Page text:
Source: ICMA, ISDA
The International Capital Market Association (ICMA) has submitted its response to the European Commission's Call for Evidence on Pre- and post-trade transparency provisions of the Markets in Financial Instruments Directive (MiFID) in relation to transactions in classes of financial instruments other than shares.
The Association welcomes this early opportunity to contribute to the thinking of the Commission as it begins work on the report it is mandated to produce to the Parliament and Council under Article 65(1) of the MiFID. It also welcomes the Commission's recognition of the need to ensure that, if the evolution of Europe's bond markets are to continue to be one of the main drivers of economic growth and the underpinning of secure long term savings, changes in the rules governing their operation should be driven by and be consistent with the needs of all market participants.
The ICMA response focuses on the European corporate bond market, emphasising ICMA's unique status as the established self regulatory organisation (SRO) for the international securities market. It concludes that the evidence from both academic research and market practitioners does not point to any current market failure which would justify the imposition of mandatory transparency on the European bond market. ICMA does not therefore support the extension of the MiFID transparency provisions to bonds.
ICMA is however committed to making a positive contribution to the debate on transparency. In the coming months the Association will work to establish consensus among its members on whether there is more that should be done at the self-regulatory level to enhance levels of post-trade transparency in international debt securities. If members wish to proceed with phased or experimental introduction of enhanced post trade transparency, as an industry led initiative, the Association hopes to work in close cooperation with the Commission and the Committee of European Securities Regulators (CESR) in assessing detailed plans and possible effects on bond market liquidity.
Commenting on the response Nick Collier, ICMA's Head of Regulatory policy said: "Unlike equities, bonds are generally traded over the counter (OTC) and liquidity is provided by dealers. There is a high degree of pre-trade transparency and we do not see the need to extend the MiFID provisions for transparency in equity markets to bonds. Our discussions with members will help us to decide whether the levels of post-trade transparency applied under ICMA's own rules as a self regulatory body and through its TRAX reporting system should be further enhanced".
The International Swaps and Derivatives Association (ISDA) welcomes the opportunity to respond to the Commission's call for evidence in advance of its proposed report under article 65(1) MiFID addressing the possible expansion of pre- and post-trade transparency requirements to transactions in classes of financial instruments other than shares.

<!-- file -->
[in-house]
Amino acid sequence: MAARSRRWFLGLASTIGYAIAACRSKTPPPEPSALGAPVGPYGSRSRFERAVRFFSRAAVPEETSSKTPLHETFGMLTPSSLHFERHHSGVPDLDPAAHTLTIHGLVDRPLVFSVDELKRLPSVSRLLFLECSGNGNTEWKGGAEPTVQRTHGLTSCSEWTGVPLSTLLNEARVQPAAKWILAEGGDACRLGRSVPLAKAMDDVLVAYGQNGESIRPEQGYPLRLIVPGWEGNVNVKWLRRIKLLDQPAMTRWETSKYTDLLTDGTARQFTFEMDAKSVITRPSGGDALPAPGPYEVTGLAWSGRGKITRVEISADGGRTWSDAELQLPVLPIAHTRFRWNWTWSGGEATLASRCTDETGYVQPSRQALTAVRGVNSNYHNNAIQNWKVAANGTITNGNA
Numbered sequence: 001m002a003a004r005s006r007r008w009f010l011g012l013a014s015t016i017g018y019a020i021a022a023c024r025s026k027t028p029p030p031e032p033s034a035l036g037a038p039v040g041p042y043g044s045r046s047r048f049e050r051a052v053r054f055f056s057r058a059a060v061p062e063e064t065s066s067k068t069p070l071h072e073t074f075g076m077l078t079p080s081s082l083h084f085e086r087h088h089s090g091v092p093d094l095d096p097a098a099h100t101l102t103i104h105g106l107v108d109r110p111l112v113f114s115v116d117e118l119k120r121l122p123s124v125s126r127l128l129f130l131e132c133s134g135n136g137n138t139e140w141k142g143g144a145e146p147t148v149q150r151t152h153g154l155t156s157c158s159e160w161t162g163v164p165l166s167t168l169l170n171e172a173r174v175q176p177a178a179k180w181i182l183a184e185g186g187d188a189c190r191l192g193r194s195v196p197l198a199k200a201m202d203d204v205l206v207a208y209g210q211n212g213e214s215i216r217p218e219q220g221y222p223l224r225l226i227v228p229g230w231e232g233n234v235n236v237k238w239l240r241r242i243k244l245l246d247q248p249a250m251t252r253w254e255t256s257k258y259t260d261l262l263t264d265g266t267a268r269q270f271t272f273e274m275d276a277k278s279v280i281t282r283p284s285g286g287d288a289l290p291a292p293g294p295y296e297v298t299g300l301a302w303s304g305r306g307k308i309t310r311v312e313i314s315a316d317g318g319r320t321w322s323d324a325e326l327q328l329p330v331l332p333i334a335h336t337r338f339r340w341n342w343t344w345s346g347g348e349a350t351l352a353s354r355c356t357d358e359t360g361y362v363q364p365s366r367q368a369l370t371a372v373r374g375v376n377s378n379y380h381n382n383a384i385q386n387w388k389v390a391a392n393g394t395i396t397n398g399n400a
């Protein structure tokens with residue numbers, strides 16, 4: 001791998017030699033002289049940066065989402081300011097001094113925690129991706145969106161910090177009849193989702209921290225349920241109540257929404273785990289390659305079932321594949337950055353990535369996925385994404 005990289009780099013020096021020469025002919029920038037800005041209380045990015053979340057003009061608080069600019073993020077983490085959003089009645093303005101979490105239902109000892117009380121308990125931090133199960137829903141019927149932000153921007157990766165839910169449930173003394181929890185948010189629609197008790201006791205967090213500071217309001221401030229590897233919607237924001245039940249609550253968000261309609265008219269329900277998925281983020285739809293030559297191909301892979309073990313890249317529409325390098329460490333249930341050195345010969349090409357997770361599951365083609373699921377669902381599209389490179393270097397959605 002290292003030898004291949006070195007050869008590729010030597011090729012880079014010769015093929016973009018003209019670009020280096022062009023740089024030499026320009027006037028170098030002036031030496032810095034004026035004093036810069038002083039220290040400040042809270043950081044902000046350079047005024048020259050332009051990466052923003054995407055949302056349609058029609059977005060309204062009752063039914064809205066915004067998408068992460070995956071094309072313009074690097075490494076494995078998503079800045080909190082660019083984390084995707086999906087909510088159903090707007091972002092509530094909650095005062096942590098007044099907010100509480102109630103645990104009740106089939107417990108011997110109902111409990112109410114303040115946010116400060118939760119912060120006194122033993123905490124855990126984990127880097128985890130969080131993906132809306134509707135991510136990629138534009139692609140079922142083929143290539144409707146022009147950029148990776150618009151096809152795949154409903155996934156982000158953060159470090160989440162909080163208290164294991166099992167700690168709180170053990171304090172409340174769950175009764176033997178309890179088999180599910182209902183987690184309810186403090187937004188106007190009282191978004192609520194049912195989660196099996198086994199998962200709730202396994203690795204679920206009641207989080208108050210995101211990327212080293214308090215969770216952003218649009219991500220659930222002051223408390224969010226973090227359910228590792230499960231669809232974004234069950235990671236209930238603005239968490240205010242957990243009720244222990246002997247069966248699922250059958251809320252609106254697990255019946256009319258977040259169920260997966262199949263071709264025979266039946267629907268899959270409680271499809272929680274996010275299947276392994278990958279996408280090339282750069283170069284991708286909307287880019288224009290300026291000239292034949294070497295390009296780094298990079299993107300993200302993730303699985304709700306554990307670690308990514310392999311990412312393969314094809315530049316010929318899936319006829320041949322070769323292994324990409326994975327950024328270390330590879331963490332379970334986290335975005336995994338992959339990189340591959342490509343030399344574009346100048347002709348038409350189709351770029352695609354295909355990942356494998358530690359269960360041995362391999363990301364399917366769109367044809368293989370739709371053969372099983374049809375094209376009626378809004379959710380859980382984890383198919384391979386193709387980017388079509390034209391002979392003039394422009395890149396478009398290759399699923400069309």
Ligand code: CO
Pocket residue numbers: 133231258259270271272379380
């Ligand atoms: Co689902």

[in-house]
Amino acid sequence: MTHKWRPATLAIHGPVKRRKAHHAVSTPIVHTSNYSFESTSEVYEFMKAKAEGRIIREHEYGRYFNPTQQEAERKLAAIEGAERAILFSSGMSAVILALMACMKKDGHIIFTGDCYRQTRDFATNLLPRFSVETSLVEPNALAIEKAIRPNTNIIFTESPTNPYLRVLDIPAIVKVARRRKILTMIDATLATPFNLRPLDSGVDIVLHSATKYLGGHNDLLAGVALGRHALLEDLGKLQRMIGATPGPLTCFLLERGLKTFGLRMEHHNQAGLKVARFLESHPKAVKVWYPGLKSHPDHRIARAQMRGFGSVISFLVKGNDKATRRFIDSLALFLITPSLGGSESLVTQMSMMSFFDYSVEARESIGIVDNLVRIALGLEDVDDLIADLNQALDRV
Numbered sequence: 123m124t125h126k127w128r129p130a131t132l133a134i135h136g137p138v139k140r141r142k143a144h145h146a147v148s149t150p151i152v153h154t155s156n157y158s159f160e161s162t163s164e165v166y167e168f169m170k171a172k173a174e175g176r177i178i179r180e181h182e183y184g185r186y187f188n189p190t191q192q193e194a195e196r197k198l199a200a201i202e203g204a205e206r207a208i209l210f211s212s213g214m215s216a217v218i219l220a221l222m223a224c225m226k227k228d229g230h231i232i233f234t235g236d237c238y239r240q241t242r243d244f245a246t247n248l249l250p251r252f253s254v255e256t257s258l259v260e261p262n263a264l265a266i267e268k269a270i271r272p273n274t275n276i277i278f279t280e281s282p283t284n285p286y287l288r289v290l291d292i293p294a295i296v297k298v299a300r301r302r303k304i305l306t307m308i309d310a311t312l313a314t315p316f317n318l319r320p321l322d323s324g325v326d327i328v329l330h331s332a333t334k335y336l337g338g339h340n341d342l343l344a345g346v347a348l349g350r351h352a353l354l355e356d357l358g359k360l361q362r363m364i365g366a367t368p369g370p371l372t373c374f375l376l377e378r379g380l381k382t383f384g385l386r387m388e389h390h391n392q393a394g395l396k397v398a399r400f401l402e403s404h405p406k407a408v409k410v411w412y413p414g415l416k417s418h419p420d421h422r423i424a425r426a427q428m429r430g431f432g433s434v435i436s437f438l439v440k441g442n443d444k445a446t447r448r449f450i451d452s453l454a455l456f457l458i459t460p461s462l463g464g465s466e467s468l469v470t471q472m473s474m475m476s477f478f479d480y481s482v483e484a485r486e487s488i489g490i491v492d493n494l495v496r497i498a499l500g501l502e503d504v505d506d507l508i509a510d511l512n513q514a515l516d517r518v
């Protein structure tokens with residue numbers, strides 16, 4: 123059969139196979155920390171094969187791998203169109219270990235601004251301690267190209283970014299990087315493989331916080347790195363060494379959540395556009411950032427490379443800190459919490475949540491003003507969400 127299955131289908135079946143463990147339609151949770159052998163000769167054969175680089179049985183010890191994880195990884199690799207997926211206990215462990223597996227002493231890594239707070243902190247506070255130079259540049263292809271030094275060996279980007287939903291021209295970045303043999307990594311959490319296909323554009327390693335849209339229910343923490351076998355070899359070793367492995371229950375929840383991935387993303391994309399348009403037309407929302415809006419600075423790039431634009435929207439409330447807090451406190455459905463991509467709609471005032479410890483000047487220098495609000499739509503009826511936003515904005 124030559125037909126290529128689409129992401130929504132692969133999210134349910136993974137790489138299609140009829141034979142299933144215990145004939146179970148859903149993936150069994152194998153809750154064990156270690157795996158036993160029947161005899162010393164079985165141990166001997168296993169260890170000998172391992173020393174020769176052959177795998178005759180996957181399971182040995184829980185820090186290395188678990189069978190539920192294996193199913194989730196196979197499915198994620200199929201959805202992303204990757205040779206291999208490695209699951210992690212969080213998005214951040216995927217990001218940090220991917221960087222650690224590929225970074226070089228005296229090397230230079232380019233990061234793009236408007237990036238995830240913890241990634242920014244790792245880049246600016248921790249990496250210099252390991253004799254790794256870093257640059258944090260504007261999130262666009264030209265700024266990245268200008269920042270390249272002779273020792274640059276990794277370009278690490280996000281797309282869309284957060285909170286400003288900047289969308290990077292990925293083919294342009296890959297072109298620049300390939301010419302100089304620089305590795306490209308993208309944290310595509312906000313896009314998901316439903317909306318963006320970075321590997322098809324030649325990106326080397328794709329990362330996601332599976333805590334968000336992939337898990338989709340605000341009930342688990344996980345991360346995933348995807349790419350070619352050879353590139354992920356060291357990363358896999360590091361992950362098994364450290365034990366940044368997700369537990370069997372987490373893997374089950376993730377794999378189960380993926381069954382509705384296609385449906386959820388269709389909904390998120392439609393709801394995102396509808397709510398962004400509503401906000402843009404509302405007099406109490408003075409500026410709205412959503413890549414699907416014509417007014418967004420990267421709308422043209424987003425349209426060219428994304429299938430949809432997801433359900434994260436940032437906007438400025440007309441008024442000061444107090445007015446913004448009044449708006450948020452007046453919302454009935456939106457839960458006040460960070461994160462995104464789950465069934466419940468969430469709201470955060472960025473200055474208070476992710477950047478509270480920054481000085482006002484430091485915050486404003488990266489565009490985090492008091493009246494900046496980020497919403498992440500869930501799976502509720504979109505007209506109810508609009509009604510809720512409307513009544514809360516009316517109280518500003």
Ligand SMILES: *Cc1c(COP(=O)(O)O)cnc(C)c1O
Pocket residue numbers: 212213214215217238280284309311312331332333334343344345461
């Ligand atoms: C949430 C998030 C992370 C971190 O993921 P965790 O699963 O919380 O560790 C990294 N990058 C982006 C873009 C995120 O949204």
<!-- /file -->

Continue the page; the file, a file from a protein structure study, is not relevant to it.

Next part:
ISDA, which represents participants in the privately negotiated derivatives industry, is the largest global financial trade association, by number of member firms. ISDA was chartered in 1985, and today has over 725 member institutions from 50 countries on six continents. These members include most of the world's major institutions that deal in privately negotiated derivatives, as well as many of the businesses, governmental entities and other end users that rely on over-the-counter derivatives to manage efficiently the financial market risks inherent in their core economic activities.
In this response, we focus on those issues raised by the call for evidence which are particular to over-the-counter (OTC) derivatives. In addition, we support the joint response of a number of industry associations, including ISDA, dated 15 September 2006 attached as Annex A (the Joint Response) which deals with the more general issues raised by the call for evidence across the wider range of asset classes.
ISDA believes that mandated transparency requirements would not help and are likely to harm the efficiency of OTC derivatives market activity. ISDA believes that, before imposing a regulatory solution, it is essential to demonstrate that a market failure has occurred and that, so far, there has been no evidence of market failure in the OTC derivatives market. Even if such evidence were found, however, it would not be sufficient to warrant a regulatory solution: It is also necessary to demonstrate that the mandated solution is likely lead to an improvement over the current state, so that regulatory intervention is limited to cases that are justified by a cost-benefit analysis.